Cambus updates sanitation procedures, implements UV lights and daily disinfecting

The university’s transportation service now sprays down buses with disinfectants daily, uses UV lights to kill bacteria, and installed plexiglass shields.


Jenna Galligan

Cambuses pick up and drop off passengers at the WCTC stop on Monday, April 20, 2020.

Claire Benson, News Reporter

Cambus transit systems recently updated their daily sanitation procedures in light of health and safety concerns brought on by COVID-19, as a primary service of public transportation service in Iowa City and on the University of Iowa campus.

Cambus has implemented plexiglass shields around the transit operator, to allow for front-door boarding to resume.

A team of employees spray down each and every bus – especially the “high-touch” zones, such as handlebars and seats – with a liquid disinfectant when the buses cease operating for the night.

More recently, Cambus has used UV light technology to help kill bacteria and germs that may be located within those same high-touch zones.

Cambus Operations Manager Mia Brunelli said the Cambus team has followed guidelines from the Centers for Disease Control and Prevention, the UI, and public health officials — constantly evolving its disinfecting procedures since COVID-19 became a prominent, local issue in March.

“Ever since March when the pandemic was breaking out here in the U.S., it became apparent that we really needed to look at our cleaning and disinfecting processes and to make sure we were really doing everything we can to protect both our employees and the riders who use our vehicles to get around campus,” Brunelli said.

Cambus Manager Brian McClatchey said Cambus was able to purchase the UV lights using additional funding in their budget.

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Brunelli said the purchase of the UV lights has paid off. The process has been extremely efficient, she said, which has lowered the increased workload of their employees.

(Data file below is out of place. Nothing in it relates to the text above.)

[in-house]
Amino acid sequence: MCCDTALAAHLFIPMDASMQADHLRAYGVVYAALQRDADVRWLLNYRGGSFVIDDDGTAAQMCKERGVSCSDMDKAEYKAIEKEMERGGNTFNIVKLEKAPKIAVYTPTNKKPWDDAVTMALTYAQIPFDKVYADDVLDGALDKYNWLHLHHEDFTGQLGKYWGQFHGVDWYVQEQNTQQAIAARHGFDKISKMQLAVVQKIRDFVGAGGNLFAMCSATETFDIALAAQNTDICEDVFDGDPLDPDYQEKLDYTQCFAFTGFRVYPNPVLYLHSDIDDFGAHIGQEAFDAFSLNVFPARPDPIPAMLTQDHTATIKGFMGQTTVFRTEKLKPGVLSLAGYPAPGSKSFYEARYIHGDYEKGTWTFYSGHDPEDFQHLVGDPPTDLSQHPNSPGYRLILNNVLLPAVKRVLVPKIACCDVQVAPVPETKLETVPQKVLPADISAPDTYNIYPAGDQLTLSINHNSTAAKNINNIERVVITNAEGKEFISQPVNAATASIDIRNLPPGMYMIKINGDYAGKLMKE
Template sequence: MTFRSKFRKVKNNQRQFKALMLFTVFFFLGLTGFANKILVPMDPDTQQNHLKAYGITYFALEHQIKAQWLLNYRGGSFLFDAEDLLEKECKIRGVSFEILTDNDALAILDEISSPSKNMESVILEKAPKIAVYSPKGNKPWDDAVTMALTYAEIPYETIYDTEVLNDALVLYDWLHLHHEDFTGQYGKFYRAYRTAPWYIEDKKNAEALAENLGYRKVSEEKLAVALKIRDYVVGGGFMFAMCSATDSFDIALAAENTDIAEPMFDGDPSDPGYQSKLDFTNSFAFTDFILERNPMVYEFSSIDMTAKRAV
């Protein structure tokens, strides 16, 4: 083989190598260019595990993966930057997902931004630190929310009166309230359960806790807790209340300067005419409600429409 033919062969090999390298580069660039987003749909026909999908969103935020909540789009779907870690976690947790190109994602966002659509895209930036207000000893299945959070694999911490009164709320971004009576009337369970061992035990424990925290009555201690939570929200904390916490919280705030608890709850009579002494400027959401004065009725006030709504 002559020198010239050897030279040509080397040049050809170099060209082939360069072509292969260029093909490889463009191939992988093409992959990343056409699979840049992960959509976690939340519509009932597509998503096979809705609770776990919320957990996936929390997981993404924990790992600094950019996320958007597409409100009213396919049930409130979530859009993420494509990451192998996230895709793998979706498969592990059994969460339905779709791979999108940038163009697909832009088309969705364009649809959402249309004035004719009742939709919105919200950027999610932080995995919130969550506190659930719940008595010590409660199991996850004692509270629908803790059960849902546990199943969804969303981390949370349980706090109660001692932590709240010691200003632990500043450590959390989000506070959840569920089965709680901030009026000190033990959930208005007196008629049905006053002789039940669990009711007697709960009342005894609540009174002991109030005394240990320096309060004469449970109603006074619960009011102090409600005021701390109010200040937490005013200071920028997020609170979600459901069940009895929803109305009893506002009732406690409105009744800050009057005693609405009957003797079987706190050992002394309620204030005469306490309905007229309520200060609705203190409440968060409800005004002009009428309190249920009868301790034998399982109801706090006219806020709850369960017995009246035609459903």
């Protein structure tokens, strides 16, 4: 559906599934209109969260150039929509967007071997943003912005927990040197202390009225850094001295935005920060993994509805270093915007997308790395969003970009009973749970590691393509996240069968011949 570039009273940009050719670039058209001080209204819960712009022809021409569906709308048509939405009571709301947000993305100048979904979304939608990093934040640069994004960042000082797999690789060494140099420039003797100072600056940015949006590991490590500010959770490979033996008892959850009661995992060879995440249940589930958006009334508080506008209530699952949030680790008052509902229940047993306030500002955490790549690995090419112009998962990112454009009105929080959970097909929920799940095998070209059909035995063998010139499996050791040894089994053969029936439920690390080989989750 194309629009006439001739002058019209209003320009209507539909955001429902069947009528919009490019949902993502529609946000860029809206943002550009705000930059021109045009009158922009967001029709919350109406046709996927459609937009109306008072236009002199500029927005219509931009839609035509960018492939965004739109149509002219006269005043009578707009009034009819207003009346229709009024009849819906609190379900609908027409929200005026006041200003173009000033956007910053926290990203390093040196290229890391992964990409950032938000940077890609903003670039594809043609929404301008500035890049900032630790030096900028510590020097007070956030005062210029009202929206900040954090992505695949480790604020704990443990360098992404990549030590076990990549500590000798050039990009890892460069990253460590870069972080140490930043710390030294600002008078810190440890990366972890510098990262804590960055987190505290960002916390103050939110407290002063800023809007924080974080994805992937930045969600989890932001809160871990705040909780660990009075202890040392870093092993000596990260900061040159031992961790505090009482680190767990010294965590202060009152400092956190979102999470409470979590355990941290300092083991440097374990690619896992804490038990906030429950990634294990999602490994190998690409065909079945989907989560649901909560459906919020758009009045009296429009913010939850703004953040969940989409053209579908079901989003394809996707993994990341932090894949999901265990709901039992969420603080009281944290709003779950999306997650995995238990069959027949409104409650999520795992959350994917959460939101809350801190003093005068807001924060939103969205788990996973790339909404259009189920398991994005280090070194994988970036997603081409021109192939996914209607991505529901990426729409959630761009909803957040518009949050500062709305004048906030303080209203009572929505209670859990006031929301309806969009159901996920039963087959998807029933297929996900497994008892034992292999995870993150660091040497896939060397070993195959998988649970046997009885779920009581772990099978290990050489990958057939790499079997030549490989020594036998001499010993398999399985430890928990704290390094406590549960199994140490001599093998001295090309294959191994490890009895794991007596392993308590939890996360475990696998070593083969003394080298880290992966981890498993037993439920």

She added that it appears the cost to buy the lights is close to breaking even.

In addition to implementing new sanitation procedures, McClatchey said, Cambus has also greatly expanded its bus services to commuter parking lots – especially those used by employees at UI Hospitals and Clinics – and increasing the amount of buses in transit has helped them better disperse passengers.

Brunelli added that many Cambus operators report that passengers are compliant with wearing appropriate face coverings, which she credits toward the UI’s efforts of encouraging all community members to wear face coverings in public areas and gathering spaces.

UI senior and Cambus Student Mechanic Jason Rathjen said he participates in the updated sanitation processes and is responsible as a mechanic for setting up the UV lights to disinfect the buses each day.

Rathjen said he supports the newly implemented sanitation practices, and believes they are extremely efficient in providing the safest environment for Cambus passengers and operators.

“I think it’s a really good idea,” Rathjen said. “I think it’s the least we can do at Cambus to help contain the spread of COVID-19, given that we’re a public-transportation service, there’s a lot of different people from a lot of different areas using our service, so whatever we can do to make sure that our buses are clean and safe to ride for the public, they’re all great ideas.”

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Rathjen added that Cambus is open to feedback and suggestions as to how it can further improve its transportation system, especially in consideration of health and safety.

“If anybody has any suggestions, or they see anything that maybe they think could be improved, don’t hesitate to reach out,” Rathjen said. “Call Cambus and let us know — we’re open to suggestion ideas to make sure that the public feels safe.”

Brunelli said Cambus plans to continue to maintain and use the UV light system after COVID-19 runs its course, because she thinks this equipment will be helpful during flu season in present and future years.

UI junior and Cambus Transit Operator Michaela Messier participates in the updated sanitation processes, and said she sprays down each bus with disinfectant spray four nights a week.

Messier said Cambus, as an essential public transportation service, is responsible for ensuring community safety.

“I feel like the whole bus and transit system is a pretty easy way to spread the virus, so I definitely think that it’s important to slow the spread, and just help our community, and it’s just a way to do our part,” Messier said. “I think the way that we’ve got [the sanitation procedures] set up is pretty efficient.”

Messier said the updated sanitation processes help provide not only Cambus passengers peace of mind, but employees as well.

“Just knowing that so many people are on them every day, and so am I, but knowing that I sanitize them the night before and I’m doing again — it’s more of a calming feeling because I know that it’s been wiped down,” Messier said.